Who sent that email?

Have you ever wanted to figure out where that funky piece of spam or other email originated? I’ve been doing this for a long time and I’ve explained it to a lot of people but I’ve never found a clear, annotated description of how to do it. Well, with a caveat, this page has a good introduction to how to trace it.

The caveat is this: it’s easy to put fake headers on the email — they will be propogated to the next mail server and carried throughout the sever chain. How is this done? By simply including them in the message! Why is this possible? Because Received headers are a part of the data stream passed from one mail server to the other. If someone is faking email, they can easily include fake Received headers.

Yes, Received headers can be fakes! But, and here’s the good part, once the message starts its journey, subsequent entries on the Received chain are legit.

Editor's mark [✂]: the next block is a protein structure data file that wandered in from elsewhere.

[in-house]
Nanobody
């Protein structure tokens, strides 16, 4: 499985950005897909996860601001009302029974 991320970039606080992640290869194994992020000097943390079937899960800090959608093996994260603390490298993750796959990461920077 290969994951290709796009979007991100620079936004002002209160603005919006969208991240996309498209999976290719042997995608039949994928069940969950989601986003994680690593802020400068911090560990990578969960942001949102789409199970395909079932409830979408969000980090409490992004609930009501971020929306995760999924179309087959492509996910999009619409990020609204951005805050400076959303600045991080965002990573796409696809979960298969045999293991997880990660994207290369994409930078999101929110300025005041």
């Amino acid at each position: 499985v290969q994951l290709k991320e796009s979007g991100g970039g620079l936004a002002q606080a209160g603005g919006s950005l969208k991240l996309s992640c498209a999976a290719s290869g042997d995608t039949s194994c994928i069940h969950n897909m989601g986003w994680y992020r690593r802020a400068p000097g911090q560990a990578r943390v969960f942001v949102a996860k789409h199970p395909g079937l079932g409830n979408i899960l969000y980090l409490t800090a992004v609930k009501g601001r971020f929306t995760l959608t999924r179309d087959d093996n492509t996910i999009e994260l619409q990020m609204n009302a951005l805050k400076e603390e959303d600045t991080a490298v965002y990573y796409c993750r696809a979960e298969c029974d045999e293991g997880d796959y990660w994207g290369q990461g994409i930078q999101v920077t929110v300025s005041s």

So, how do you account for that? By tracing from the top of the email — start from your mail server (which you know you can trust). As you parse the header, determine for yourself if you can trust that machine’s information. If so, try the next one. If not, the last one you parsed is really the first machine in the chain.

1 thought on “Who sent that email?”

  1. Chuck Beyer

    I know you like to personally chase the bits, but in case someone wants a quicker solution to tracing an email, suggest they use spamcop.net — and check the ‘technical details’ box if you want to see how they trace. You can also let them report the spam to the ISP and involved web sites, if you so choose.

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